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Developing Successful People Foundation 

A 501(c)(3) Private Charity

Distance Education and COVID-19: A Case Study of Public K-8 Education in A Rural Canadian School District


The SARS-CoV-2 pandemic wreaked havoc on a number of US systems. K-12 Education was not exempt. This project was created to explore how students interacted with distance learning during the pandemic.

Our Principal Investigator, Joseph Hunter, had a marked interest in pre-pandemic distance learning. As a professor of Education Administration, he often worked with adult professionals who were also students and found it difficult to juggle a schedule that required them to make multiple commutes. This interest developed when the coronavirus pandemic broke in the United States in March of 2020; the rapid shift to distance learning offered a particularly unique set of circumstances as well as, very quickly, a suddenly larger group of students and educators who were experiencing distance learning for the first time.

This research sought to explore the experience of teachers and parents who were experiencing the often-haphazard quick change to elearning. Many districts were unprepared for students to start learning through online platforms, and this unsteadiness contributed to education inequity that was already present and documented in American public schools. Additionally, teachers were suddenly saddled with additional duties because of the pandemic: extra planning during distance learning and learning new programs, the new expectation to police students’ COVID mitigation measures like masking and social distancing, and concerns about health risks with face-to-face instruction. Together, these issues contributed to a set of circumstances that burdened public schools, contributing to teacher stress and learning loss. This project sought to understand how these issues were affecting local schools through surveys borrowed from the national think tank the RAND corporation, with the express goal of offering professional development to educators and to parents based on the answers participants gave describing their own experience with coronavirus pandemic learning.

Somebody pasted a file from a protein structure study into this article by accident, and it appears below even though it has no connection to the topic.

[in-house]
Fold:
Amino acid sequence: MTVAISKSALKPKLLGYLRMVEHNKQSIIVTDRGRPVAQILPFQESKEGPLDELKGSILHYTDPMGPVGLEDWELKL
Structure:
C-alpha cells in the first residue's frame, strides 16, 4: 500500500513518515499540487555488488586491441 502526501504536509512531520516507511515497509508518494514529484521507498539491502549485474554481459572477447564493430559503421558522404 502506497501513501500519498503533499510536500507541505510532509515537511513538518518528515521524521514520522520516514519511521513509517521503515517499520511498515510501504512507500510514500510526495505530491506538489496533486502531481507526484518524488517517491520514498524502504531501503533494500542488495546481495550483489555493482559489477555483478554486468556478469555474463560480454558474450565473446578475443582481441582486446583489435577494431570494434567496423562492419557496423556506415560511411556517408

Joseph Hunter, Principal Investigator, Western Washington University and the Developing Successful People Foundation

Rhiannon Joker, Research Assistant, Western Washington University and the Developing Successful People Foundation

Hars Virk, Research Assistant, Western Washington University and Abbottsford Middle School

Ian Levings, Principal, Abbottsford Middle School

Duane Penner, Principal, Poplar Elementary School

Jaskiran Dhaliwal, Teacher, Abbottsford Middle School

Jasbir Singh, Principal, Eugene Reimer Middle School

Graeme Kemp, Vice Principal, Eugene Reimer Middle School         


Explanation of the Survey We Used

Each calendar year, the RAND corporation conducts a national survey of the state of issues in public education in the United States. Their survey includes a large body of questions that explore the state of education, including the most pressing challenges teachers are facing, where their students are falling behind, and wants or needs they have for the future. The survey for the 2019-2020 school year offered an especially unique look at K-12 school challenges as it served the start of the coronavirus pandemic.